Desire: it drives you, pushes you forward in life, and only by satisfying this yearning will happiness be possible. Blindness: some choose to ignore reality and bring this upon themselves, while others are simply unable to see life in its true light. When examined closely, the main characters in A Streetcar Named Desire each have individual desires, and each exhibits a type of blindness. The theme of A Streetcar Named Desire is the search for fulfillment, but these searches are misguided, because the characters are unable to grasp reality. Blindness to reality and desire for fulfillment play a crucial role when analyzing A Streetcar Named Desire. These two elements are especially vital to understand the main protagonist, Blanche Dubois.
Analyzing Blanche Dubois is fascinating, yet difficult, because of the complexity of her character. First seen clothed in a manner fit for a high-society afternoon tea, her dress starkly contrasts with the part of town in which she arrives. Tennessee Williams describes her appearance as "incongruous- to the setting of the play (Scene 5). She is dressed completely in white, a symbol of innocence and purity. Yet the drama occurs at Elysian Fields, a low-class section of the French Quarter in New Orleans. Blanche is portrayed as delicate, sensitive, and refined, while her surroundings are dirty, run-down, and anything but sophisticated. The contrast between the settings of the play .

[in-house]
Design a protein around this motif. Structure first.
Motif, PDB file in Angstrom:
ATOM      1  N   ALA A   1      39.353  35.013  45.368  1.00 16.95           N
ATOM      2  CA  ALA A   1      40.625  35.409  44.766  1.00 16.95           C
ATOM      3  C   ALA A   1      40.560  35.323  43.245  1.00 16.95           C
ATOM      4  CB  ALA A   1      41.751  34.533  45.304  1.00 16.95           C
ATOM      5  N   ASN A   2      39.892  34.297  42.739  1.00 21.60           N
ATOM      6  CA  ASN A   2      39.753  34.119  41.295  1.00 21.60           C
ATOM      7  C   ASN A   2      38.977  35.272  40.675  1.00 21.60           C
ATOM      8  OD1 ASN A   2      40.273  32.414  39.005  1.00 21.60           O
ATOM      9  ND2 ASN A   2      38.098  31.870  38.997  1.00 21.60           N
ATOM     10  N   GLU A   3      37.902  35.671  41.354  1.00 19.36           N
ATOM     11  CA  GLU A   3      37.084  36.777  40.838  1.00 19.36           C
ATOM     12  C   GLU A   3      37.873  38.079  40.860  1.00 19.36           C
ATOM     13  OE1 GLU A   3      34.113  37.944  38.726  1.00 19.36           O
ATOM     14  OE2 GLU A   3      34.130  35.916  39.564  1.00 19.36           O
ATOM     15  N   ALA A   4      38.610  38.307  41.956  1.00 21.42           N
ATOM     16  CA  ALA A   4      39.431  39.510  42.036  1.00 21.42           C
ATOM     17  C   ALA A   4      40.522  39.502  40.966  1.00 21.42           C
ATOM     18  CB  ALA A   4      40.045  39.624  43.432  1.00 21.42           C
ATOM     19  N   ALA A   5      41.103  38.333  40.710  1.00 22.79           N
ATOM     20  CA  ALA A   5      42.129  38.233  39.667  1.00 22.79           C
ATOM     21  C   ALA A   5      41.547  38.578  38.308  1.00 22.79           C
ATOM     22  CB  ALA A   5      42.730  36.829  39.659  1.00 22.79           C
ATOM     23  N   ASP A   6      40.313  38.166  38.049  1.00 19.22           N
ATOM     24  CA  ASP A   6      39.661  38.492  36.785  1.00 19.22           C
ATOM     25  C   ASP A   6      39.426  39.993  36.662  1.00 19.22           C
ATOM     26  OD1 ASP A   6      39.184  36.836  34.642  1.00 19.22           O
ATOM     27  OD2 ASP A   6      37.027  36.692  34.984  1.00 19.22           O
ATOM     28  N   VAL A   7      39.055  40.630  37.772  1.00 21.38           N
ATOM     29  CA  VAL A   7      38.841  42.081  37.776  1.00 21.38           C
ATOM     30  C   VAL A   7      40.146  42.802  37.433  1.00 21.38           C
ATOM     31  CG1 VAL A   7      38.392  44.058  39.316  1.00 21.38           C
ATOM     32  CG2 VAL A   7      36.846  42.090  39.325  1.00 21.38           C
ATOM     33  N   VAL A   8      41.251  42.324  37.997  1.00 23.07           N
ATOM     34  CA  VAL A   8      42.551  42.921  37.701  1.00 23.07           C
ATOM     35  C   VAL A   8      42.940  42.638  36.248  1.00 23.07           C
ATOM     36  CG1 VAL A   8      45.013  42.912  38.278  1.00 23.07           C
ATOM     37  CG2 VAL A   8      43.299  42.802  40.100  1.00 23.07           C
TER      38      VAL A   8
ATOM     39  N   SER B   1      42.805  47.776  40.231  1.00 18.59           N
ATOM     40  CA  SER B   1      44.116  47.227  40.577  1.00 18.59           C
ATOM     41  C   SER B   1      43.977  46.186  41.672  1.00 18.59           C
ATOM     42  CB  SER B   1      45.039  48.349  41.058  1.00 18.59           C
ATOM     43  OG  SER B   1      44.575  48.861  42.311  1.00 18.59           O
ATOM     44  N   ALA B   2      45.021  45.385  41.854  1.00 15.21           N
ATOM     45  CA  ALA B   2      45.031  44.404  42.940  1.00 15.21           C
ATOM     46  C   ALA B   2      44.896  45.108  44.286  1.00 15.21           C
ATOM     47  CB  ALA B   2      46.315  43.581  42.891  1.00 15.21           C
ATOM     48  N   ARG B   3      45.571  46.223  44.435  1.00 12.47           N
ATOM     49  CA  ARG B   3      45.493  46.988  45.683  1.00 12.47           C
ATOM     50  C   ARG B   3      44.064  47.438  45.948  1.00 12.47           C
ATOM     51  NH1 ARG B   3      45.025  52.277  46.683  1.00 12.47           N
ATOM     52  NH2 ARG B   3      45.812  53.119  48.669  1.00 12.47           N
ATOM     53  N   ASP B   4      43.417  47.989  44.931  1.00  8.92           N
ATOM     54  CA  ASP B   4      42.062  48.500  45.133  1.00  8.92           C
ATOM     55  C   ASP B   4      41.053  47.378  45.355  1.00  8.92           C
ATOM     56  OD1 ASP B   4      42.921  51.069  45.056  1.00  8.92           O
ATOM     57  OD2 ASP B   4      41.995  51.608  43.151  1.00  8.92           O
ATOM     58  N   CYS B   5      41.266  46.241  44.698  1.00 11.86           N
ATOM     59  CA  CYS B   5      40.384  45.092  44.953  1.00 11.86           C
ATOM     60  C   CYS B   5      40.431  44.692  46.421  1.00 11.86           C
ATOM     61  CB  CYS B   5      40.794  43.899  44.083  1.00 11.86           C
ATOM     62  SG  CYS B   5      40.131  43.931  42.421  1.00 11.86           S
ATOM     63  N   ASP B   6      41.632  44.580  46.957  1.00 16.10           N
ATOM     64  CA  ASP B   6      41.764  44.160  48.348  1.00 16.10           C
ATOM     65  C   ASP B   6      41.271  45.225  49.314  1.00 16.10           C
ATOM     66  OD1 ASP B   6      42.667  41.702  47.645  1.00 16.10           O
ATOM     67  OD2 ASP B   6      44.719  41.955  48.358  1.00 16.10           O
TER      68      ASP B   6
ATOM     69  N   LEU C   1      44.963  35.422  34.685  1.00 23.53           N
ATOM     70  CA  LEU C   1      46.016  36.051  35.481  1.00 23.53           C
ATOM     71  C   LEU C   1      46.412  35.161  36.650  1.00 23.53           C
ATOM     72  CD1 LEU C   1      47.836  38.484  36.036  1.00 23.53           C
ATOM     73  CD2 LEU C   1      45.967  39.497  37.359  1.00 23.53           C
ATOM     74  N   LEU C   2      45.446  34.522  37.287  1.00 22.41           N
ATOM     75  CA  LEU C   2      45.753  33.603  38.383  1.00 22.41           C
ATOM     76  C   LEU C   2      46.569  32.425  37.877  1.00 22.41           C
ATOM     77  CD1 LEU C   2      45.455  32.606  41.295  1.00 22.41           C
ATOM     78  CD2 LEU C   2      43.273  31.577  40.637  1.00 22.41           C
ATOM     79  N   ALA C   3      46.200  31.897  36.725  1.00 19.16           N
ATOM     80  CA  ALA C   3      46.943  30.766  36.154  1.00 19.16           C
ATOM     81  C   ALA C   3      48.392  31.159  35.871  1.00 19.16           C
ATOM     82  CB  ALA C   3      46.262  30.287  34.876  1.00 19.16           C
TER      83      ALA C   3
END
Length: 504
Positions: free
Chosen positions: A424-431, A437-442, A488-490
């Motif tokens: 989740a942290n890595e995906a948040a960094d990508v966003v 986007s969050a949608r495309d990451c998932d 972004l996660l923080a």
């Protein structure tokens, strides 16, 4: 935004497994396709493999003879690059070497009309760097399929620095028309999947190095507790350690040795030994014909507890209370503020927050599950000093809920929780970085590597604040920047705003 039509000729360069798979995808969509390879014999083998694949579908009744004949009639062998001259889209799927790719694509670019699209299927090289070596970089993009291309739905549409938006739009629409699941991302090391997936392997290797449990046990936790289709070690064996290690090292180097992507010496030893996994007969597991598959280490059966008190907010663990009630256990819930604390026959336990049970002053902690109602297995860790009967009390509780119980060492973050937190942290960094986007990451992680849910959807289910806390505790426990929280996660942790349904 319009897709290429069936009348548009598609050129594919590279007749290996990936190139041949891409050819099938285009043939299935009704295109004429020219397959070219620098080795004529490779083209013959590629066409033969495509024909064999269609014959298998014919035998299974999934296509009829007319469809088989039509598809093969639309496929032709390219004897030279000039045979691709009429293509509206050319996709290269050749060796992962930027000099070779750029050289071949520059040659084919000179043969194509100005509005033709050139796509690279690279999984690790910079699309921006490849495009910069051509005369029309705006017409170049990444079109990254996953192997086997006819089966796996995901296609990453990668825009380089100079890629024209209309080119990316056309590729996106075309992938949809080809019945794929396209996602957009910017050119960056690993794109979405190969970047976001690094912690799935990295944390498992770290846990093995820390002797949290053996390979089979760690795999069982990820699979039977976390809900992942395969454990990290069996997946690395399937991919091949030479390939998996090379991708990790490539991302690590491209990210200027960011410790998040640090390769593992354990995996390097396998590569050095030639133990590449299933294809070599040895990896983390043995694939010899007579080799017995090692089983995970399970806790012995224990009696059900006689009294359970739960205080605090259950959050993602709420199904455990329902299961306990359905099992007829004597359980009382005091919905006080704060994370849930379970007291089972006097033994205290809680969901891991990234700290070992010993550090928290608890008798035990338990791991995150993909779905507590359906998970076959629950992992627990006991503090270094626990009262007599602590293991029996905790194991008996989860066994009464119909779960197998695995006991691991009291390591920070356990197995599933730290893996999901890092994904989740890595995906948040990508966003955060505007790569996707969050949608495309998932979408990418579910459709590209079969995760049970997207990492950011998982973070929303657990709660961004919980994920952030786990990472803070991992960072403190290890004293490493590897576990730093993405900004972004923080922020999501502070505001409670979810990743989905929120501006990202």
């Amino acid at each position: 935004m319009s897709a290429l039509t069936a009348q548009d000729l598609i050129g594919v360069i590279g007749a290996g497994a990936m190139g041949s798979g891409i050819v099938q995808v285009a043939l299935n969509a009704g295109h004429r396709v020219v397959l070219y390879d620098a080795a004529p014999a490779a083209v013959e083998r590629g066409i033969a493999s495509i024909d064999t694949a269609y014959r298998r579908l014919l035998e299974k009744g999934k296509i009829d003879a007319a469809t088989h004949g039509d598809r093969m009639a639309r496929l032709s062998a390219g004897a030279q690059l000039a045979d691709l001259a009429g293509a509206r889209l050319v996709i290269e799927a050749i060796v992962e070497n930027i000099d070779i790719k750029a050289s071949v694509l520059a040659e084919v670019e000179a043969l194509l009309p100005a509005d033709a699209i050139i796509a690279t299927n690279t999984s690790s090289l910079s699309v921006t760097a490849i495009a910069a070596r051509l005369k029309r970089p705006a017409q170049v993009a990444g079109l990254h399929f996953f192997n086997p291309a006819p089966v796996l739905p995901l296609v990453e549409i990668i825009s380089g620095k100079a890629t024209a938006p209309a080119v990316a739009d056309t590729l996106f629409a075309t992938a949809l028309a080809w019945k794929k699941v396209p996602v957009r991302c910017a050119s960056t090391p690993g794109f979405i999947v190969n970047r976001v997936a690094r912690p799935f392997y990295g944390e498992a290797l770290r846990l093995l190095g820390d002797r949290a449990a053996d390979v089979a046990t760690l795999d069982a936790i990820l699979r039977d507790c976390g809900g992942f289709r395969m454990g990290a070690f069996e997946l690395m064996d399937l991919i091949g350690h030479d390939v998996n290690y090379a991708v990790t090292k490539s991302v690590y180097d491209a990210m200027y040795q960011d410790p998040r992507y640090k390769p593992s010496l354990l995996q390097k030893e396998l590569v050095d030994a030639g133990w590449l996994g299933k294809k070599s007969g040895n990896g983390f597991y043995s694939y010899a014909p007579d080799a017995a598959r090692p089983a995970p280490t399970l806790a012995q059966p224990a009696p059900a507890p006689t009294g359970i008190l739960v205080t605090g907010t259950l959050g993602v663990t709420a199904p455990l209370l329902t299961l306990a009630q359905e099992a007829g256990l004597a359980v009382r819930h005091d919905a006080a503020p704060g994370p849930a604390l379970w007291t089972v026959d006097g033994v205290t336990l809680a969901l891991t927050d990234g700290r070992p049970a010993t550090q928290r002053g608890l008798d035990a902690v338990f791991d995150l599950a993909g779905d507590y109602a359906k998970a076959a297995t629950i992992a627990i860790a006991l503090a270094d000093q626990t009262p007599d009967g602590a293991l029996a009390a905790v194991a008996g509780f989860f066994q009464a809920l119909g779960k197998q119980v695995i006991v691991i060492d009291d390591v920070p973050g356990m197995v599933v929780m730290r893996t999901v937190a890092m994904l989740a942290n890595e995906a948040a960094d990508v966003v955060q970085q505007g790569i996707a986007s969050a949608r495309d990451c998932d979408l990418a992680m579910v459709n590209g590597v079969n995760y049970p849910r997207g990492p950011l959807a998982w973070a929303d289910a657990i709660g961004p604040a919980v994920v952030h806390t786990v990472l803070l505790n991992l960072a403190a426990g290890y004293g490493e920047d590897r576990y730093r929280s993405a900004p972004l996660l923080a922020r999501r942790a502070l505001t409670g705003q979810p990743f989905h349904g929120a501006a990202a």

and manner in which Blanche dresses provides the reader with his first glimpse of a major conflict in the drama: the true reality of life versus created illusion. Tennessee Williams is famous for dressing his most degenerate characters ironically in all white, so this provides readers with another clue about Blanche. We learn that Blanche refuses to see life realistically, and prefers fantasy, or as she calls it, "magic."" She says in scene nine, "I don't want realism! I want magic! Yes, yes, magic!" (Williams, Scene 9).